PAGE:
Chile’s FTA and DTA with Australia combined with its extensive network of agreements with other Latin American countries, reinforces its position as the hub for Australian companies’ expansion plans into Latin America.

Chile is a civil law country, as opposed to a common law country which has implications in the way that business is done in the country and how contracts are enforced and it is highly advisable to consult with a lawyer before entering the market.

Austrade can help you with referrals to law firms which other Australian companies have used before.

Marketing your products and services

Pacific Hydro and Origin Energy are the only Australian companies operating in the Chilean infrastructure sector. However there is room for entrants in other infrastructure areas, such as energy, transport, public works and projects of public-private partnerships.

The best approach depends on factors including the type of business, the appetite for risk, funds available to the company and issues around protection of intellectual property. Relationships are very important in Chile and a local partner can provide valuable connections and networks to decision makers.

There are also suppliers that prefer not to have a presence in Chile, instead selecting to sell into the market through distributors or agents. This approach is certainly less capital intensive, but requires patience and a good local partner.

If your goal is to do business with the Chilean Government it is very important to have a subsidiary or representative in the market. All purchases done by public offices are published in ChileCompra / Mercado Publico website to be transparent and give equal opportunities to sellers.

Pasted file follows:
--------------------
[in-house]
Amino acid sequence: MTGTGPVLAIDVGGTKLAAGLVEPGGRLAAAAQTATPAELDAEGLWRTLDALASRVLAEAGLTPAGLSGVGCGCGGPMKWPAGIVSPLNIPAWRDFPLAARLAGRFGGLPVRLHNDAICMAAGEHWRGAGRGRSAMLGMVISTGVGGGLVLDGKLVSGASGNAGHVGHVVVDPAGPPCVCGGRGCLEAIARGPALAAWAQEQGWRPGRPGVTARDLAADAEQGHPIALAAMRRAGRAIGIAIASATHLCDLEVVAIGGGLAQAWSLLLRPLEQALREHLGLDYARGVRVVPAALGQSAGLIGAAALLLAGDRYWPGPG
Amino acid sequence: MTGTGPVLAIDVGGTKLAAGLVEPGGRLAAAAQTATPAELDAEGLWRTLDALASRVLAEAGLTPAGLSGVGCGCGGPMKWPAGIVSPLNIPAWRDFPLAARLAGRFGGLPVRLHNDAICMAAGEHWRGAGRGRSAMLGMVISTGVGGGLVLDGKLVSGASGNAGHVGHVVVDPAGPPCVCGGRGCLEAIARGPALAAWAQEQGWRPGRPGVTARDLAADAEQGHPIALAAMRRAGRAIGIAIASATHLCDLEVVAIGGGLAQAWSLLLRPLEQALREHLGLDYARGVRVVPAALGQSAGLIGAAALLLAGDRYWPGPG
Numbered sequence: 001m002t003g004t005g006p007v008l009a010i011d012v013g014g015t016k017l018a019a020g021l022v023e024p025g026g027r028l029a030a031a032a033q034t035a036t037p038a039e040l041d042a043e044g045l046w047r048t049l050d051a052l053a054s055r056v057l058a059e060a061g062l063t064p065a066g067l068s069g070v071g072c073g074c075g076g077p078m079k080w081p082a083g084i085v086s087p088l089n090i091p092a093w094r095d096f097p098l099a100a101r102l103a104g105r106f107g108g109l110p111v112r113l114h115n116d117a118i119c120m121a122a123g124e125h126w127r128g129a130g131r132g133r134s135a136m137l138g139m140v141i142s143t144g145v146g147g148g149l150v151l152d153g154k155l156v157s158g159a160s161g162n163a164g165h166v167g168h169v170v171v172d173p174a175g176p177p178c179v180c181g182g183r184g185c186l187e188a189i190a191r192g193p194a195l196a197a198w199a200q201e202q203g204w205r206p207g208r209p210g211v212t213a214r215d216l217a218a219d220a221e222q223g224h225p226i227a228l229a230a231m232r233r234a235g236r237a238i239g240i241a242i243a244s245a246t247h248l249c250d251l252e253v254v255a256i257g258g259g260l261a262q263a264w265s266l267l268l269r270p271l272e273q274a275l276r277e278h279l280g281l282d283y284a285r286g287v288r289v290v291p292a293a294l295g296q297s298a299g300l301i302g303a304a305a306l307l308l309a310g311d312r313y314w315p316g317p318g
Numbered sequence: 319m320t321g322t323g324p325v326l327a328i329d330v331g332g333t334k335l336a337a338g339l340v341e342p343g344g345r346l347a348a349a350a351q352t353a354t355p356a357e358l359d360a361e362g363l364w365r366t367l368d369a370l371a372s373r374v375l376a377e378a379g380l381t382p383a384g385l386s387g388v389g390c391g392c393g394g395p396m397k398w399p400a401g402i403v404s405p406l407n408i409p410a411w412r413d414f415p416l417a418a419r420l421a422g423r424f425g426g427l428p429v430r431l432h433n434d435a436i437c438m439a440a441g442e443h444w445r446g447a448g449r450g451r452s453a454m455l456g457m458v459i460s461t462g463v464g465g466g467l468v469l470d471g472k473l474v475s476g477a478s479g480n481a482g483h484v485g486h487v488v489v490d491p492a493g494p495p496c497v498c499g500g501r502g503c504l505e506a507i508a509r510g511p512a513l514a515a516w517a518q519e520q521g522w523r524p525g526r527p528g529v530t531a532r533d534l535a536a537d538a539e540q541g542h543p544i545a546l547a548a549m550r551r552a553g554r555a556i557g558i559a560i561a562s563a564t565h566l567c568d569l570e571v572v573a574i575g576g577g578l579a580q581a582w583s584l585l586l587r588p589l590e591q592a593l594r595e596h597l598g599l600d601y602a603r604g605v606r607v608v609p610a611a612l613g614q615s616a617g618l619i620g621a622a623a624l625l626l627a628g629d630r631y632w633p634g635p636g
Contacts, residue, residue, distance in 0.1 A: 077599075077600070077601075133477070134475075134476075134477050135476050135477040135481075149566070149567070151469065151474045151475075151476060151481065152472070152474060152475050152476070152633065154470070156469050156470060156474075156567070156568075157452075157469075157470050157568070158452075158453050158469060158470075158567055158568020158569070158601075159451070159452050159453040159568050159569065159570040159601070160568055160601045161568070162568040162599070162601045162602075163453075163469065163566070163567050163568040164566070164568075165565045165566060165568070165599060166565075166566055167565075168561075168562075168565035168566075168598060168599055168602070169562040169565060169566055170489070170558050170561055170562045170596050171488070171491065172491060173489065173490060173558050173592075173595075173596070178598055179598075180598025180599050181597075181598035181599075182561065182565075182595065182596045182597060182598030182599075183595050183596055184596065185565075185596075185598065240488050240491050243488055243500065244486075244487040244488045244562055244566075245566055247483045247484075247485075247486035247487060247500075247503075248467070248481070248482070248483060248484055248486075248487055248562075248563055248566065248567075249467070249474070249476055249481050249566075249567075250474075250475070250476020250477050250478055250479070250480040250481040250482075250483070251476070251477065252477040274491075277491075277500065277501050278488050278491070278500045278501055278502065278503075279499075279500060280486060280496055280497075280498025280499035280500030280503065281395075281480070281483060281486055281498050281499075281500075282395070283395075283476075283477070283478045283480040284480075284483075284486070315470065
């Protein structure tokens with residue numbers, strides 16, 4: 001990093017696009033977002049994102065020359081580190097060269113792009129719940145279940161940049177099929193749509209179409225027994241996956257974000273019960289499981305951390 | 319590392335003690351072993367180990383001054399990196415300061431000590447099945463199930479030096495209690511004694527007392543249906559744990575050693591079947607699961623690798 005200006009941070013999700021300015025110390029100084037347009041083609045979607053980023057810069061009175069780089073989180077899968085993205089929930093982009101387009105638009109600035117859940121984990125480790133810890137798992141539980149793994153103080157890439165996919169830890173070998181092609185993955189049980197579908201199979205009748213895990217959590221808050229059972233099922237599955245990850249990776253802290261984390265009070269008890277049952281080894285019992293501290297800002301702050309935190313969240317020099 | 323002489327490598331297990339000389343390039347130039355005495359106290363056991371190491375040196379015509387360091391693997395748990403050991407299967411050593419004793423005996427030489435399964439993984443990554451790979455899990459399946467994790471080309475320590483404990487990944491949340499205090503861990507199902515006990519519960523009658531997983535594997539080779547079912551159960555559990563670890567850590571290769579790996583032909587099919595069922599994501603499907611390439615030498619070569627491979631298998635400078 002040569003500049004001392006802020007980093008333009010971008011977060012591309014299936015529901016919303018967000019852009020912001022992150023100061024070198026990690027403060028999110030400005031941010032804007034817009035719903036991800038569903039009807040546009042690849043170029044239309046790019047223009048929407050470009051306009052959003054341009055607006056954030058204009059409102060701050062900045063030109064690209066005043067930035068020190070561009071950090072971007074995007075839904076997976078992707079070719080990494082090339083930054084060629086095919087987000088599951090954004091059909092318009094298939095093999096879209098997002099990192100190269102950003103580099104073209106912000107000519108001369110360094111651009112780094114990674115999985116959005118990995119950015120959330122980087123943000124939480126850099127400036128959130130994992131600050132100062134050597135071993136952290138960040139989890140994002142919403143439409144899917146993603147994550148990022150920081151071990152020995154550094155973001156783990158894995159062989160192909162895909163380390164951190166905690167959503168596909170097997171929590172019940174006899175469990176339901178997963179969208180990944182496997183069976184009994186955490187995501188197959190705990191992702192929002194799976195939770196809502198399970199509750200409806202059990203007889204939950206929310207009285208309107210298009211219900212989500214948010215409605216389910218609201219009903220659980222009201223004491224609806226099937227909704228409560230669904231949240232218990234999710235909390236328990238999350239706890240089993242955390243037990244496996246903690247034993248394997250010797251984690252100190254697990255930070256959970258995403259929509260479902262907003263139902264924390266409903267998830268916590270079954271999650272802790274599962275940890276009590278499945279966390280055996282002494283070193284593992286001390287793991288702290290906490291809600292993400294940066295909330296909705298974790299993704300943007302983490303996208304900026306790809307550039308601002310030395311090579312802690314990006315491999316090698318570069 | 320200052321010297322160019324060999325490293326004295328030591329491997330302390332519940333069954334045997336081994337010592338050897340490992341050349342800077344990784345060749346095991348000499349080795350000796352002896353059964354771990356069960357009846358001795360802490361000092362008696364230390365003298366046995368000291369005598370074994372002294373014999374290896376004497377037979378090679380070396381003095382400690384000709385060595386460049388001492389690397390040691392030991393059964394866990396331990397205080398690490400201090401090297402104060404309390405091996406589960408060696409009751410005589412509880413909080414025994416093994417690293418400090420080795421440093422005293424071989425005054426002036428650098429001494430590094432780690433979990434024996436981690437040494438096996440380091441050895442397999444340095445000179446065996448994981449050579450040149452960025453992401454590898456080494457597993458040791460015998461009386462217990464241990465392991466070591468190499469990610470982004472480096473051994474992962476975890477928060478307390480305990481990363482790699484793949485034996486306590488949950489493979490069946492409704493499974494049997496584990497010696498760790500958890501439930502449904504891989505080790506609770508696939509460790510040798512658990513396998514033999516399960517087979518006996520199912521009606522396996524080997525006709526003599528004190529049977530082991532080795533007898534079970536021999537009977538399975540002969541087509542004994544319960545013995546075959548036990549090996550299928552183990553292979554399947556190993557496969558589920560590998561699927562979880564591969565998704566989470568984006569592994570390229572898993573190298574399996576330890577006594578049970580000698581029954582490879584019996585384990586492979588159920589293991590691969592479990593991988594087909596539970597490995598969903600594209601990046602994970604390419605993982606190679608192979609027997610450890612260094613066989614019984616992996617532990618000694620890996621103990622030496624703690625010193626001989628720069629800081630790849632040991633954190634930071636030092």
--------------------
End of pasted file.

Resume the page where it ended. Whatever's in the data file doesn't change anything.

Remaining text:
Large infrastructure projects, tenders and important investment opportunities in different industries in Chile are usually published once a year, and this is done by InvestChile, which is the government body responsible for promoting Chile in the global market as a destination for foreign direct investment.

It is also useful to follow the Foreign Investor Guide of InvestChile to understand how to set up a company in Chile, what is required by labour laws and environmental regulation, among other important issues.

Some tips to keep in mind:

  • Exhibition shows and technical seminars are good way to expand networking and prospect business opportunities to get better exposure of your company prior to entering the market. The main Events and Convention Centres are Espacio Riesco and FISA. Visit their websites for a calendar of events.
  • Setting up in Chile sends a strong message to customers signalling commitment to the market and will often convert interest into a solid commercial relationship.
  • Given the focus on productivity in the mining industry, prepare a concrete value proposition which demonstrates clearly how your solution has saved customers money in previous projects.

Links and industry contacts

Association of Public Infrastructure Works
Chamber of Port-Maritime Chile
Chile Compra
Chilean Chamber of Construction
Chilean Economic Development Agency - CORFO
Chile Proovedores
Council of Infrastructure Policies
Dispatch Center of Central Interconnected System (CDECSIC)
Dispatch Center of Norte Grande Interconnected System (CDEC-SING)
EFE -State Railway Company
Espacio Riesco – Events and Convention Center
FISA – Events and Convention Center
Mercado Publico
Ministry of Energy
Ministry of Public Works
Ministry of Transport and Telecommunications
National Productivity Commission
Origin Energy
Pacific Hydro Chile

Please note: This list of websites and resources is not definitive. Inclusion in this list does not imply endorsement by Austrade. The information provided is a guide only. The content is for information and carries no warranty; as such, the addressee must exercise their own discretion in its use. Australia’s anti-bribery laws apply overseas and Austrade will not provide business related services to any party who breaches the law and will report credible evidence of any breach. For further information, please see foreign bribery information and awareness pack.